Fusion GPS Founder Admits: Couldn’t Confirm Dossier Allegations, Spread Them To Media Anyway

Chuck Ross Investigative Reporter
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Fusion GPS founder Glenn Simpson made a surprising if not damning admission in his interview with the House Intelligence Committee in November.

According to a transcript of his interview, released late Thursday, Simpson acknowledged that he “will never” be able to confirm a key allegation made in the infamous Steele dossier about Carter Page, the former Trump campaign adviser.

The admission is significant because of the likelihood that the FBI and Justice Department relied on allegations made about Page in the dossier to obtain a surveillance warrant against him prior to the 2016 election.

And though Simpson apparently did not know whether some of the allegations about Page in the dossier were accurate, he admitted spreading the information to journalists as part of a broad media outreach campaign. (RELATED: Revelations From Glenn Simpson’s Interview With House Intelligence Committee)

That media outreach push was tacitly approved by the Clinton campaign and DNC, both of which paid Fusion GPS to investigate Trump.


The oppo firm hired Christopher Steele, a former MI6 officer, to do the leg work of the investigation.

In two memos put together in July 2016, Steele alleged that Page, an energy consultant based in New York, met secretly with two Kremlin insiders during a trip to Moscow earlier in the month. He also alleged that Page was working with Trump campaign chairman Paul Manafort as part of a “well-developed conspiracy of cooperation” between the campaign and Russian leadership.

In a July 19, 2016 memo, Steele wrote that Page met secretly with Rosneft CEO Igor Sechin as well as with a Kremlin official named Igor Diveykin. Citing unnamed sources, Steele said that Page and Sechin discussed removing U.S. sanctions against Russia. And with Diveykin, Page allegedly discussed “kompromot” that the Russians had on Hillary Clinton.

Page has vehemently denied meeting with Sechin or Diveykin and says he has never met or spoken to Manafort. Manafort has also denied knowing Page.

In his testimony, Simpson acknowledged that he had no proof of what Steele wrote about Page in his salacious report.

“Other work that we did in the dossier that I think was really useful and is worth following up on, so we did a similar thing when we got the Carter Page information, which was, you know, gee, we will never — I will never find a way to confirm whether he talked to Igor Sechin…,” Simpson told California Rep. Jackie Speier at one point during his interview.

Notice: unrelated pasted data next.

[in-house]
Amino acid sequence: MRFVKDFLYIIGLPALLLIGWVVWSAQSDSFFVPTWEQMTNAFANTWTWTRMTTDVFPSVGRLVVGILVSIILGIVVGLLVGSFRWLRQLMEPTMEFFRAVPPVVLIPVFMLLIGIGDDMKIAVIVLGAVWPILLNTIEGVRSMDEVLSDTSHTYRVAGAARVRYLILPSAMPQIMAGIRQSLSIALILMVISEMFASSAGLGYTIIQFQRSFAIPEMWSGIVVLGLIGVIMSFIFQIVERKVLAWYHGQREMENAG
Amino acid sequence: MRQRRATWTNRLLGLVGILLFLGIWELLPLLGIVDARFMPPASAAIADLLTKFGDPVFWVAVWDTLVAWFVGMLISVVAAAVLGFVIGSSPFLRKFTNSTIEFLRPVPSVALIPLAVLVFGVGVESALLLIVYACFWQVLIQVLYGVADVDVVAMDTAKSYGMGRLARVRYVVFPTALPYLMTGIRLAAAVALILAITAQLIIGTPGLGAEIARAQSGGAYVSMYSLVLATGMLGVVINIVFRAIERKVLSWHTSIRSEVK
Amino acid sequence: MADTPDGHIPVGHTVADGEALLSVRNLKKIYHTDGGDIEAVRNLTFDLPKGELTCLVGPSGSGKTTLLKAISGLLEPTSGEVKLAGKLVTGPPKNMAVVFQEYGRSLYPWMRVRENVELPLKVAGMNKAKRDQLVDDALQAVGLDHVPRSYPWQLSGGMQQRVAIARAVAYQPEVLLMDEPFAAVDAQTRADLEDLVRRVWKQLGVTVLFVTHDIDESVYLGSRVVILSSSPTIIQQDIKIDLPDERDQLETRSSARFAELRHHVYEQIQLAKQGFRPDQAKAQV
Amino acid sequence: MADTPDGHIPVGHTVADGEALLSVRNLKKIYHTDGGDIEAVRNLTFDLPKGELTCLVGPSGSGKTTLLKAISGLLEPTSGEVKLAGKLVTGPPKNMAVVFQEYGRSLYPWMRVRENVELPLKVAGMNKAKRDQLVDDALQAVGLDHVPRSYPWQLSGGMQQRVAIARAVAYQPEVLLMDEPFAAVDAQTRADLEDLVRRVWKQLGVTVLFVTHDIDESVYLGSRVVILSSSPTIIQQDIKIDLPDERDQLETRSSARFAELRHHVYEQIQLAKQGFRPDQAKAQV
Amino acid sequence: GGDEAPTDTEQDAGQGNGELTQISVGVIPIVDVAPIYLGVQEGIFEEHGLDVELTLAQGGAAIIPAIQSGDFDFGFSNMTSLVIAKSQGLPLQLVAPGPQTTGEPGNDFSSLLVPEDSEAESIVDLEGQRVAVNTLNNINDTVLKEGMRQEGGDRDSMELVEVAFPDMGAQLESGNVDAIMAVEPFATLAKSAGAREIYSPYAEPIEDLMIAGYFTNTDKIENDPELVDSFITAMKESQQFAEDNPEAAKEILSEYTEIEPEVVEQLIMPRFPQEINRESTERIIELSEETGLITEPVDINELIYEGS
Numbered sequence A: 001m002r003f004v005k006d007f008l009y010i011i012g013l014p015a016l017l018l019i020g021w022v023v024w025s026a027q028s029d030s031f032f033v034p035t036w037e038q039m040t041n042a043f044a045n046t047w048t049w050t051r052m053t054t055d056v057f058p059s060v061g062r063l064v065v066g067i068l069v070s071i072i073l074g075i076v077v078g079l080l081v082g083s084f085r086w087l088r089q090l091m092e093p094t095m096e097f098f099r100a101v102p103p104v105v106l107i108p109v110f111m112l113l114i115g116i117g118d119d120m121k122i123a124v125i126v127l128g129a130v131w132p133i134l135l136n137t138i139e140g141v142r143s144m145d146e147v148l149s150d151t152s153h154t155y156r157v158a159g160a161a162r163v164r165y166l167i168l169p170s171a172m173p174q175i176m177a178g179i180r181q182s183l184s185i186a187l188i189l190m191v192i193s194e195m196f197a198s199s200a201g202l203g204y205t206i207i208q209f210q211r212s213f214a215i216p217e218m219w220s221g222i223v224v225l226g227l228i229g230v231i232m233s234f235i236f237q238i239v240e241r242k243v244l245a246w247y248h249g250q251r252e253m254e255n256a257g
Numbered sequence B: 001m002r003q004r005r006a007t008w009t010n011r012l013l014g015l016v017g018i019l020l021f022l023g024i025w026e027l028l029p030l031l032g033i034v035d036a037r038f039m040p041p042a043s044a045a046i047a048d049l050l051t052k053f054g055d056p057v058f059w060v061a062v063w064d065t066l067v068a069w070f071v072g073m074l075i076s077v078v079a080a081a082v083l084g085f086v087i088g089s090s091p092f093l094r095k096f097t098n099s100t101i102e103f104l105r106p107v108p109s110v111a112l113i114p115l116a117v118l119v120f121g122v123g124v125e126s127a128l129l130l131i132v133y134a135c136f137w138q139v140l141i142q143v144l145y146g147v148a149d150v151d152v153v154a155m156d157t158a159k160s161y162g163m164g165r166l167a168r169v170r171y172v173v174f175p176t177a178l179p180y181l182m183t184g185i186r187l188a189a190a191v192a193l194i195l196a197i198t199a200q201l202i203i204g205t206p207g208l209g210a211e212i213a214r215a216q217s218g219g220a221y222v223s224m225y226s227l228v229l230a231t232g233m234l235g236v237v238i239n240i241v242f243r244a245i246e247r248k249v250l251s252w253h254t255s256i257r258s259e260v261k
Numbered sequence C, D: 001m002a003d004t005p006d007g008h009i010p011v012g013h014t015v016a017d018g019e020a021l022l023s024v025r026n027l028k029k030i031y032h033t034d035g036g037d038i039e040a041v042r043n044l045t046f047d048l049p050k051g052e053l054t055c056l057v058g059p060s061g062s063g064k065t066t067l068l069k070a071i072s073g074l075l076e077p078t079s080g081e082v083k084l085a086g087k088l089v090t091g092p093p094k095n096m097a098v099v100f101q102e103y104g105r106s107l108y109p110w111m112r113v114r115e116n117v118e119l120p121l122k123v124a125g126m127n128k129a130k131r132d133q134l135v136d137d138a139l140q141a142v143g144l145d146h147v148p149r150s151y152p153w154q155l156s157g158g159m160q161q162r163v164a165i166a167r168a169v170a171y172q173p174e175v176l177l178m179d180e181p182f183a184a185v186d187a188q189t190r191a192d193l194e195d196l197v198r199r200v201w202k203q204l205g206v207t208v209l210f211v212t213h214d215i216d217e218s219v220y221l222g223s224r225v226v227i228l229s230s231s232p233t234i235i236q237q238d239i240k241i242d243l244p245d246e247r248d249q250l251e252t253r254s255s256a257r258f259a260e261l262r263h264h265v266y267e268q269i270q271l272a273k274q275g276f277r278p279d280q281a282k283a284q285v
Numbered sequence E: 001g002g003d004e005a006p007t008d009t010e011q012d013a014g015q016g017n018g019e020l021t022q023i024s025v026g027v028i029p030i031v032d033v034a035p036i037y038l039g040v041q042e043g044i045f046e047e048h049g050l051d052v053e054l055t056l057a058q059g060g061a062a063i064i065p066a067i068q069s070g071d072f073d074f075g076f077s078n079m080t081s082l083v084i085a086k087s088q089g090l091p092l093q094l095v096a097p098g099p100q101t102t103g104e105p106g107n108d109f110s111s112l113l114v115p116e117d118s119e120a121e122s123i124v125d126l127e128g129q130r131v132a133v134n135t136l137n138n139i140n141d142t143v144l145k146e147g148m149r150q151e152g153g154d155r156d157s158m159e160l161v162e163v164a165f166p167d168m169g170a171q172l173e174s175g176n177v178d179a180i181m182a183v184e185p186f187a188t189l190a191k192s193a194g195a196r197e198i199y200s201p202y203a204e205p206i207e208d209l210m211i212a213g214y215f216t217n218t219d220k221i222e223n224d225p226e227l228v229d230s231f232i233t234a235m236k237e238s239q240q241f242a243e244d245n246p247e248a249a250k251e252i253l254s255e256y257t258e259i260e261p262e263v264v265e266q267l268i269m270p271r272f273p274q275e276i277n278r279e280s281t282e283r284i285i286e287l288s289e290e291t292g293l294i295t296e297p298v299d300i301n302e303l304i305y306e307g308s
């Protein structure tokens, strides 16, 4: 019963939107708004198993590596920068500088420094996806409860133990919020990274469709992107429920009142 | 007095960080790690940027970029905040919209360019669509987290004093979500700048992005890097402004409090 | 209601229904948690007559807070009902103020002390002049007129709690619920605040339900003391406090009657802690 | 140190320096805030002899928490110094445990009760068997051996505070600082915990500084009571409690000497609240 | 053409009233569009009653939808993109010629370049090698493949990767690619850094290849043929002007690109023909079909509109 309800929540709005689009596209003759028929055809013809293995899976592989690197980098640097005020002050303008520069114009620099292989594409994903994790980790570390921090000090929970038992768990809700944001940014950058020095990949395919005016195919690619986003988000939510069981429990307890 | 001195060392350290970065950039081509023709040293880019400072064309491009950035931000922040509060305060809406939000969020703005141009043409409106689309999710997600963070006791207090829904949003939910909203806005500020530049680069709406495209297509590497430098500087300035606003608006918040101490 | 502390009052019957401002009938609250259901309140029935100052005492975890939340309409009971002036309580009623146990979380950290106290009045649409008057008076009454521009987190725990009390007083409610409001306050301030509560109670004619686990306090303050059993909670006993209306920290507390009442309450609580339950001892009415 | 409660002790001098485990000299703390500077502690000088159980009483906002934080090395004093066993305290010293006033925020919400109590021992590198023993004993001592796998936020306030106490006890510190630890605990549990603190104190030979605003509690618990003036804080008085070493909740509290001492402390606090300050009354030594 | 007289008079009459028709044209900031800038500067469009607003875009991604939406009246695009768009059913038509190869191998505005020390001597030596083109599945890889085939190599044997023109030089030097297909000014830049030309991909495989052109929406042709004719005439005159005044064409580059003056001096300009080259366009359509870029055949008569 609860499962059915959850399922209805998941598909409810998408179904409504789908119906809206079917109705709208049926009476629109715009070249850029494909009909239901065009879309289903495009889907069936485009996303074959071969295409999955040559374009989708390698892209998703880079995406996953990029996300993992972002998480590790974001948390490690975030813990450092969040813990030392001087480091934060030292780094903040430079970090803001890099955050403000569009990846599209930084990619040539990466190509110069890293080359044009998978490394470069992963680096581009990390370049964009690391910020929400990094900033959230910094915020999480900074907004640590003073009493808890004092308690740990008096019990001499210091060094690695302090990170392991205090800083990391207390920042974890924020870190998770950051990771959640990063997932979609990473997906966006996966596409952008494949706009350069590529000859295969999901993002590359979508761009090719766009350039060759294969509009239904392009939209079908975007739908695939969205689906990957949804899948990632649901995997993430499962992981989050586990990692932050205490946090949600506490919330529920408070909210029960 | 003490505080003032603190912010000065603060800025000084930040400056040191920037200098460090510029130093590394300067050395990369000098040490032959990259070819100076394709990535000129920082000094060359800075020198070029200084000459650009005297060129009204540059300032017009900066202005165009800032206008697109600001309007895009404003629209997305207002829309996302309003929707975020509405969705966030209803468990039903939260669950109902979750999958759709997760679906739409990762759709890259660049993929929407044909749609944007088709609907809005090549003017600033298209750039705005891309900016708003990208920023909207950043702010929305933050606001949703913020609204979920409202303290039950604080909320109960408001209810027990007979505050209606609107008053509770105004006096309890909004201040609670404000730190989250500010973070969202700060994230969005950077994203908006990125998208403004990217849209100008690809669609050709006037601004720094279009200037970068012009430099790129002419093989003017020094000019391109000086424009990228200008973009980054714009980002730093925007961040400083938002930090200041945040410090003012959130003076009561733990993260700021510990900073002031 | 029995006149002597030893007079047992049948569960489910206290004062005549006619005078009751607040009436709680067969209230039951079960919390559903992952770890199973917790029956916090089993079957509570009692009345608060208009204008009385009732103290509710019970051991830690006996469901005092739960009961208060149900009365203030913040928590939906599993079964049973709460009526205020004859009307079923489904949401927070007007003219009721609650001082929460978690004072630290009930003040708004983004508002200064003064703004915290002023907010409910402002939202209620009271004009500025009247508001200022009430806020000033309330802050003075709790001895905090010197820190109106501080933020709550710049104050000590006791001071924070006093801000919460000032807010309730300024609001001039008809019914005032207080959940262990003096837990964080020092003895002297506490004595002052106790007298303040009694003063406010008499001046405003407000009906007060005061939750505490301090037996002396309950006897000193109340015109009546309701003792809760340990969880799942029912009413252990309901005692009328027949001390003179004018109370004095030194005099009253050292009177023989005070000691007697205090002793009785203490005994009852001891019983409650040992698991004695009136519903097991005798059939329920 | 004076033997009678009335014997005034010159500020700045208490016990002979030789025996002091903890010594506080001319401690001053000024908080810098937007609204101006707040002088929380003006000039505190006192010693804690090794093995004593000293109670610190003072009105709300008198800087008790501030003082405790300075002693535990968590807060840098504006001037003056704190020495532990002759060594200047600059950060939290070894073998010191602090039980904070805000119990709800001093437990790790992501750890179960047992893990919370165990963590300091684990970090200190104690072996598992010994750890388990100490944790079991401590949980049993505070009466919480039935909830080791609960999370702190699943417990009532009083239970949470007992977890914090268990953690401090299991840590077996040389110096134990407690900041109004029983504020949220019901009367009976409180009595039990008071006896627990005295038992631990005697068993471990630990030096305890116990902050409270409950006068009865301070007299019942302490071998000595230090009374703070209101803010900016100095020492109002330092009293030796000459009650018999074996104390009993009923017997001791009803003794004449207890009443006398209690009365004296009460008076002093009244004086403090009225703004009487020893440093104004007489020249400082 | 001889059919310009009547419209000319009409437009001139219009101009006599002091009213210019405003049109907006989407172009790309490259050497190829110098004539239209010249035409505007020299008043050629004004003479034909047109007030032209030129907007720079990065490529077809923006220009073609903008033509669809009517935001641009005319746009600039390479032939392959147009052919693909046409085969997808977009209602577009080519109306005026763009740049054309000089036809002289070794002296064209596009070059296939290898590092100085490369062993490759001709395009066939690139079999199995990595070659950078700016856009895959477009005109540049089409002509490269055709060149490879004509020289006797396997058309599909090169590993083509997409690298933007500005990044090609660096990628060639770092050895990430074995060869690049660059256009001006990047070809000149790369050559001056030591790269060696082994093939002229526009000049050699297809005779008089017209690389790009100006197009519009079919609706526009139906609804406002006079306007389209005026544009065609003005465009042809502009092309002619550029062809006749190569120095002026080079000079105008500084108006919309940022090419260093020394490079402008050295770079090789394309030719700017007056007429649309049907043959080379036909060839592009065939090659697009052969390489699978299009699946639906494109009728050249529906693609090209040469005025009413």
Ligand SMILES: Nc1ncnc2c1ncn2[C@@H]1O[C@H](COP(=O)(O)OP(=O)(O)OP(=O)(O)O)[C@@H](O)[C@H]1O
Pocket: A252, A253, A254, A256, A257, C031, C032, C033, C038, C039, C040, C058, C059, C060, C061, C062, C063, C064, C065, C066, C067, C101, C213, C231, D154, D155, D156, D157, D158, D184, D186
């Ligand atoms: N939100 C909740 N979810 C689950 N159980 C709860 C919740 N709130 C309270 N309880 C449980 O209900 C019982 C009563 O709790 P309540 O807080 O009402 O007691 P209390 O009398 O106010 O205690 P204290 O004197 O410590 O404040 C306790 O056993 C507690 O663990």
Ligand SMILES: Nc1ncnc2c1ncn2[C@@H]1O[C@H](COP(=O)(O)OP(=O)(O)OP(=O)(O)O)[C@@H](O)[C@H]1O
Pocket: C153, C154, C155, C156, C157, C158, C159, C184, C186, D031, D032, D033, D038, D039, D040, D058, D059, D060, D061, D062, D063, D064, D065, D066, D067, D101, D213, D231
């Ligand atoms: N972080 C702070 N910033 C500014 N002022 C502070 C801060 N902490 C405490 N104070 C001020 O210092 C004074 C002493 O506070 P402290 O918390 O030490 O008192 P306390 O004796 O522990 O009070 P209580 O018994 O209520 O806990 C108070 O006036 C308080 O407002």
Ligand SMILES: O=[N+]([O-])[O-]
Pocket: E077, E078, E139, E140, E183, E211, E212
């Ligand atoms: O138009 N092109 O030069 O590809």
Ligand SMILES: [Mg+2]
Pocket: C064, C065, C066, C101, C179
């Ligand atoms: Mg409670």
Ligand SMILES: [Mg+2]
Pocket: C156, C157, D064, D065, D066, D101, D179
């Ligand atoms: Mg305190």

Excerpt from Glenn Simpson’s House Intelligence Committee interview

Via House Intelligence Committee 

Even though Simpson acknowledged not knowing whether the claims about Page were accurate, he appears to have spread the allegations to reporters.

Page has said in court filings for a lawsuit related to the dossier that he was contacted on July 26, 2016 by a Wall Street Journal reporter who asked about his alleged meetings with Sechin and Diveykin.

While it was public knowledge at the time that Page had traveled to Moscow in early July 2016, there had been no allegations that he met secretly with the two Kremlin insiders.

Simpson acknowledge in his House interview that the allegations against Page were he discussed with reporters.

“There were, you know, a trickle of stories, you know, I guess more than a trickle, but there were some very limited stories about people associated with Trump having connections to the Russians,” he said.

“And I can remember specifically there being stories about Carter Page and his trip to Moscow and the fact that that was something that was of FBI interest, and that Carter Page stuff is something that we covered with the media.”

Excerpt from Glenn Simpson’s House Intelligence Committee interview

Via House Intelligence Committee

At least one news story appears to have come from Simpson’s contact with reporters.

Yahoo! News published a piece on Sept. 23, 2016 that linked Page to Sechin and Diveykin. Steele has acknowledged in court filings in London that he and Simpson met with Yahoo! News as part of Fusion’s media outreach campaign. The pair also met with reporters from The New York Times, The Washington Post, The New Yorker and Mother Jones.

The Yahoo! News article, written by veteran reporter Michael Isikoff, does not mention the dossier, Steele or Fusion GPS. But it laid out the dossier’s allegations against Page and established for the first time that U.S. investigators were looking into Trump campaign contacts with Russia.

Steele’s claims about Page — which Simpson acknowledged were unverifiable — were also likely shared with the FBI and used by the government to obtain a warrant to spy on the campaign adviser.

Steele met with some of his sources from the FBI while working on the dossier. And according to various reports, information from Steele was used in a warrant issued by the Foreign Intelligence Surveillance Court to conduct surveillance on Page.

Republicans have pushed for answers on how the dossier was used by the FBI and DOJ for its investigation into possible collusion. One question that Republican lawmakers have pushed is whether the agencies vetted the information provided by Steele before implementing it into the investigation.

The FBI and DOJ have largely avoided providing answers to those questions. The agencies provided information to the House Intelligence Committee earlier this month.

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